Regional Reviews: Connecticut and the Berkshires
The characters are in England where she is a quantum physicist at Sussex University while he keeps bees. They meet (at a barbecue) and, at some point, she draws comparisons between the theory of relativity and her quantum field. The former speaks of the universe, inclusive of stars, the sun and the moon and the latter more about atoms and molecules. Those worlds, for a layperson, seem juxtaposed. Are they really oppositional or can they exist, in a sense, side by side?
Playwright Payne, moving from the scientific to most personal, affords the two souls on stage situations for a multitude of mini-relationships. Further, there are do-overs, the opportunities to say or play something differently which leads to a more positive result. Constellations is both intellectual and intimate. The allusion to string theory is elusive to many who are not well-versed in physics. The Yin and Yang, the struggle for balance, the effort Marianne and Roland evidence: this is the substance, however, of enduring, significantly moving theater.
Alan Edwards designs set and lighting the performance space is gently rounded with light bulbs as stars are positioned above. Costumer Laurie Churba chooses a black with white floral dress for Marianne. Kate Baldwin's is redheaded and her skin seems almost translucent during portions of the production. Rowat, a big guy wearing jeans, brings a warm presence while she, sweeping her hair away at times, is initially nervous. Director Edelman moves his players around to avoid stagnation and to allow for breath within each vignette.
The contemplation is about the possibility of very different galaxies existing in parallel fashion and the question of whether people, pushing and pulling, are able to finally bridge differences and forge a life together. Do we mortals have a choice? Are we able to control tempo and circumstance? Is a greater entity, one dictating terms of fate and chance, the ultimate determining factor? Constellations raises these questions are more during its one hour journey. Marianne's illness, addressed late in the play, moves the story toward another dimension.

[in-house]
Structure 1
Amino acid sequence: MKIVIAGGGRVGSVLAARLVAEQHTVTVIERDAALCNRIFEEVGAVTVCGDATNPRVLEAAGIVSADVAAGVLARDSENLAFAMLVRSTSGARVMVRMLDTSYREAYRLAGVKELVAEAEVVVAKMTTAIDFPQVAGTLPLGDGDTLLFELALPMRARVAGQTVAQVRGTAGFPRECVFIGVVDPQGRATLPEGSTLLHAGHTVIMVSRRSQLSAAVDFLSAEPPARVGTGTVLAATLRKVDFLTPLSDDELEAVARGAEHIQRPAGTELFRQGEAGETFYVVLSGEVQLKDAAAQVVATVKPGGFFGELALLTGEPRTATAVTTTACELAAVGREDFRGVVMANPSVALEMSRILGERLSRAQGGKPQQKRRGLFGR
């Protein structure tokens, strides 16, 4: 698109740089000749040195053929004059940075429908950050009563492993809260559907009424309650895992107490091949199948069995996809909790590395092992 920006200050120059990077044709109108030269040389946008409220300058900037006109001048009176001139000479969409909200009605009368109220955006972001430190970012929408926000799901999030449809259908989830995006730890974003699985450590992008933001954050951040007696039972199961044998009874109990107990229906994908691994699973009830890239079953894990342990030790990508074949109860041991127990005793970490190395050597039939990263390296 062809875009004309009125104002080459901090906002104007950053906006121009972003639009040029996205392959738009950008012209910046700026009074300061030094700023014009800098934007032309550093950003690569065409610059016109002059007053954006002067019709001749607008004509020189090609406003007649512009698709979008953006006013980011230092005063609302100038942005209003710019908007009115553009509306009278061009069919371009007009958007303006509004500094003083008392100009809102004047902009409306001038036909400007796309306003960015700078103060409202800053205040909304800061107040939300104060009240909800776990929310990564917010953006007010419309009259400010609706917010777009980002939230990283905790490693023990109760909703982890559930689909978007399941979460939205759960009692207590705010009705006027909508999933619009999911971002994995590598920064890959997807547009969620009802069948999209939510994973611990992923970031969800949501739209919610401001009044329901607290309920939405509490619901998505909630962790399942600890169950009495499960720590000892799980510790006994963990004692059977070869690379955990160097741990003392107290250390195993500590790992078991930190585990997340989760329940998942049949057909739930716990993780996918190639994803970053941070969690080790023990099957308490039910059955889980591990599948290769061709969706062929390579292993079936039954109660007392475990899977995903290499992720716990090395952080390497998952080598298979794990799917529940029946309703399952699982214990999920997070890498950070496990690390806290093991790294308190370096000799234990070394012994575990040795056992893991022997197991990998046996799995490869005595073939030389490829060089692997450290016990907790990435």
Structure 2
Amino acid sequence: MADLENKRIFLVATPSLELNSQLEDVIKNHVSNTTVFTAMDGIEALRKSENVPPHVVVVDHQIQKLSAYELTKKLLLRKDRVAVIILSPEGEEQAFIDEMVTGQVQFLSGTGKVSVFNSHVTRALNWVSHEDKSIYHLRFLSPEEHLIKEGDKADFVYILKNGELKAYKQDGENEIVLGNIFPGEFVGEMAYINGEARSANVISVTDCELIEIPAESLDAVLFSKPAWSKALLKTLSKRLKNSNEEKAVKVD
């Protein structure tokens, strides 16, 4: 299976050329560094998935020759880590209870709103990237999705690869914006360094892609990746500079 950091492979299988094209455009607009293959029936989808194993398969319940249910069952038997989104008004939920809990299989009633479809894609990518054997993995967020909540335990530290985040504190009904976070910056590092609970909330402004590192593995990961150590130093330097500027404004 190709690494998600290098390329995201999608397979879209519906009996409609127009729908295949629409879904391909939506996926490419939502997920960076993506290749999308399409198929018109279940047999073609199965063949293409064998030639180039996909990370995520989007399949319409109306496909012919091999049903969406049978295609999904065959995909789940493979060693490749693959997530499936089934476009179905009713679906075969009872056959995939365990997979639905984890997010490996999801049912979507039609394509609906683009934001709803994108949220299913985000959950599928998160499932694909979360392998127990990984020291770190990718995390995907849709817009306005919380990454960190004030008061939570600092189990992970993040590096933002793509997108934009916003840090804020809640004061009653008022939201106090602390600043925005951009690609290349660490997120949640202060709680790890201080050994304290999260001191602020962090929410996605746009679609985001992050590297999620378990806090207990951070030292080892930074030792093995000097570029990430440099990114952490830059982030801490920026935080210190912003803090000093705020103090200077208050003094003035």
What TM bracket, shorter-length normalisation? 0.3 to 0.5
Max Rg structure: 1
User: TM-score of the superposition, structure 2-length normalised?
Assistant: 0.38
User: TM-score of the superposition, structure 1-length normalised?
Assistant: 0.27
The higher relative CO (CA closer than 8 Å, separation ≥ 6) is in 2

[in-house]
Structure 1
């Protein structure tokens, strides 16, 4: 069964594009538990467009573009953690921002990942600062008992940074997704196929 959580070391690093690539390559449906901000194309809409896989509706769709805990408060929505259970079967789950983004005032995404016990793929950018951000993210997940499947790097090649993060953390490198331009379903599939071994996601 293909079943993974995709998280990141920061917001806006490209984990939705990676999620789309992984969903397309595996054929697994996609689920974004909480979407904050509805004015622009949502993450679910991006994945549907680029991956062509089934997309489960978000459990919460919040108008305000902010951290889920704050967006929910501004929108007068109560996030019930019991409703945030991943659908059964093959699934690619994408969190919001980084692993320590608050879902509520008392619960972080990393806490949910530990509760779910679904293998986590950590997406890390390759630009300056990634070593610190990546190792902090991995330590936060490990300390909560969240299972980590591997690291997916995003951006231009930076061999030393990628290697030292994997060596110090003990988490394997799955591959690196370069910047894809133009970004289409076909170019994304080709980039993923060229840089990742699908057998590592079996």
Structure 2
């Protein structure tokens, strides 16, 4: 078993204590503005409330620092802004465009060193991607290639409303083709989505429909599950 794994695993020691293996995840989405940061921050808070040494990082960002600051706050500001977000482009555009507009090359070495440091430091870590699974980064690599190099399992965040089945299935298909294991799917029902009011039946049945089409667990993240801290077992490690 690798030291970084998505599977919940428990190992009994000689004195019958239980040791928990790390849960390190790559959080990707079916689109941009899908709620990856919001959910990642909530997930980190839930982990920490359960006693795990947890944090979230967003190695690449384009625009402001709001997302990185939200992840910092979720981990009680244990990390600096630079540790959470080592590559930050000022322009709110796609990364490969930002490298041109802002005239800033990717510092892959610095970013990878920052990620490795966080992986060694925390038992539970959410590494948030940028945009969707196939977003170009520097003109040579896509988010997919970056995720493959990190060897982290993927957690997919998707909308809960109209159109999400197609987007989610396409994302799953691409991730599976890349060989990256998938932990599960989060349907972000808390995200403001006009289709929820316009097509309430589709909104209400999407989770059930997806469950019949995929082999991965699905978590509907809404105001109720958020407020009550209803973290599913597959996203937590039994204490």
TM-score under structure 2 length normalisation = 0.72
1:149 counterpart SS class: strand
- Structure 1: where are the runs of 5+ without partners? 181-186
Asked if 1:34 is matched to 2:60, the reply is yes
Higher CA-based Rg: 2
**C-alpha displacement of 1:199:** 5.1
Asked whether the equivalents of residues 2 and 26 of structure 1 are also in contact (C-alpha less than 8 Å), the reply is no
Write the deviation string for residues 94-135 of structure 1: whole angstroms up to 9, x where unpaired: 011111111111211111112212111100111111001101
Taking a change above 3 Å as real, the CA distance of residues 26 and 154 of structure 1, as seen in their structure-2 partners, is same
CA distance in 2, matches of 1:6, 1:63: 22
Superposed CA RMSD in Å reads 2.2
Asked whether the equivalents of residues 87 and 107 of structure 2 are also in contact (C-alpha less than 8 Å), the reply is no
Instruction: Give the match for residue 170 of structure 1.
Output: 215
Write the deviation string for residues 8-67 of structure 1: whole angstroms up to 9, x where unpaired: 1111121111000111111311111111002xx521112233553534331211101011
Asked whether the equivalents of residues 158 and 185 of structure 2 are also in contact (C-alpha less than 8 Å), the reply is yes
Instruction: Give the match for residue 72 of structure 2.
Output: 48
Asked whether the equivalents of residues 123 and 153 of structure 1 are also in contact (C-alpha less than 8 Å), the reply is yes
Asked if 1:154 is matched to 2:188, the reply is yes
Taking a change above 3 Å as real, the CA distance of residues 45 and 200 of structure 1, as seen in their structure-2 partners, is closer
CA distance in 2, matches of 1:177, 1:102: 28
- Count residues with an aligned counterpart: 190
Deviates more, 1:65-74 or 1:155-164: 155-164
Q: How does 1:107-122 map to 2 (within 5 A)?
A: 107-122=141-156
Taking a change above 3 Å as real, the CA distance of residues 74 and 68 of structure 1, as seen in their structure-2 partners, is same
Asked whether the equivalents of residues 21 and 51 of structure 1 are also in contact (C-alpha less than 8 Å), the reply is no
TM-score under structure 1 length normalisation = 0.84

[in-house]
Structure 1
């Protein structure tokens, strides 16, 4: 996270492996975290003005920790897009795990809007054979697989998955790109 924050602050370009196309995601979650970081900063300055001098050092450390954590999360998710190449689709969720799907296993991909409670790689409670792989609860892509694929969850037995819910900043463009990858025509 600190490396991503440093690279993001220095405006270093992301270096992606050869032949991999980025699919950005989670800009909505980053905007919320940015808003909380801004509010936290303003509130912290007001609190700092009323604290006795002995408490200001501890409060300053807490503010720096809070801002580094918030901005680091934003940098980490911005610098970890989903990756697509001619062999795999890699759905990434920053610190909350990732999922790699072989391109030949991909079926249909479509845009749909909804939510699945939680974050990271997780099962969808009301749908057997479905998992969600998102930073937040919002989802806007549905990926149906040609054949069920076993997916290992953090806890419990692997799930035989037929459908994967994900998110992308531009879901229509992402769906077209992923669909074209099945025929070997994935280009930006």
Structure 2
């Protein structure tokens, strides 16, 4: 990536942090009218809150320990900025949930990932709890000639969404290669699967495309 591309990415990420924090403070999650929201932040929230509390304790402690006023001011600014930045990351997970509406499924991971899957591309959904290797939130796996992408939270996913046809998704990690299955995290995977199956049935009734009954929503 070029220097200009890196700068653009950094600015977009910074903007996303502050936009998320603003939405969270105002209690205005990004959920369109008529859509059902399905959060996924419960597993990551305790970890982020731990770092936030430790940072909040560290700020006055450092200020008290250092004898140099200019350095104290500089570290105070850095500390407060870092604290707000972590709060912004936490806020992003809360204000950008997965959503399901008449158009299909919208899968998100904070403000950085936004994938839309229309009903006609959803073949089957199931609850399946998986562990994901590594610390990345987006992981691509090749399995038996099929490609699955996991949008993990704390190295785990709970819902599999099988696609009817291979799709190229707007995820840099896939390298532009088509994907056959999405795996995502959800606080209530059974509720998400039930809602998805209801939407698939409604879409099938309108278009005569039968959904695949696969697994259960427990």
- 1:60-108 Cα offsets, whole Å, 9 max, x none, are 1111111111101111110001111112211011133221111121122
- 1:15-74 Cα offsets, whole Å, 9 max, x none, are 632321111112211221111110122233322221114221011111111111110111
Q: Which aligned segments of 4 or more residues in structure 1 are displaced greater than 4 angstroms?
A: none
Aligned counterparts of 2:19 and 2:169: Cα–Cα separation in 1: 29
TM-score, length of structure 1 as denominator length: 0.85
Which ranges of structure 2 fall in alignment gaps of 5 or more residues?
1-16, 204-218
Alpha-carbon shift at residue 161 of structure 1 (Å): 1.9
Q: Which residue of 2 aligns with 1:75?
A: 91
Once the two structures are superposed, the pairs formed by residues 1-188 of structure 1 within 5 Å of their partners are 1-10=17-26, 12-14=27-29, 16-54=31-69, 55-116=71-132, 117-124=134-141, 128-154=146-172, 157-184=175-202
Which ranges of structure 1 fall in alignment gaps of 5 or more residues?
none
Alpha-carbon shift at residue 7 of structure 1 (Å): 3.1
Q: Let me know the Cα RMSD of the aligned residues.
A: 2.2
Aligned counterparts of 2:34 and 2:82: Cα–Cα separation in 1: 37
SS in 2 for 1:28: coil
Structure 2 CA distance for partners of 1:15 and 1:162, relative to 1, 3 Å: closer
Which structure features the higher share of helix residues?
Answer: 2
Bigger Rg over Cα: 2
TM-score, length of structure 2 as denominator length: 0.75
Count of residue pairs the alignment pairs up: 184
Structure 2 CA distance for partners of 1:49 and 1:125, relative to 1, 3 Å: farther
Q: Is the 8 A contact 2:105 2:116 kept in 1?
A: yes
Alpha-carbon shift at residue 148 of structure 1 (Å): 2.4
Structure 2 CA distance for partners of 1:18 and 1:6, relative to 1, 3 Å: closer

This play bids these talented actors, each known primarily as a musical performer (A Little Night Music and Bells Are Ringing for BTG the past few summers), interpret a poignant, difficult script without music and many other characters surrounding them. In addition, British accents are required; all is accomplished with graceful fluidity. There's the import of Payne's dialogue and the multitude of thoughts and feelings each character holds - complexity which deepens as the script concludes.
Baldwin and Rowat, as the play begins, are tentative toward one another; this is accurate. Later, their comfort level (as people who have been married for a number of years) assists them with Marianne and Roland. There isn't any hesitancy and, instead, we are watching people alone on a stage who might be able to searching for vulnerability and possibility. While these individuals are fully clothed, their emotions are raw and in the open. The play is not easily executed or understood. It demands that each actor reach for truth. Baldwin and Rowat, given a work which is written with care and discipline, are fully persuasive. Please consider one hour of sublimely challenging live theater.
Constellations, at the Unicorn Theatre on the grounds of Berkshire Theatre Group in Stockbridge, Massachusetts, continues through August 27th, 2016. For tickets, call (413) 997-4444 or visit www.BerkshireTheatreGroup.org.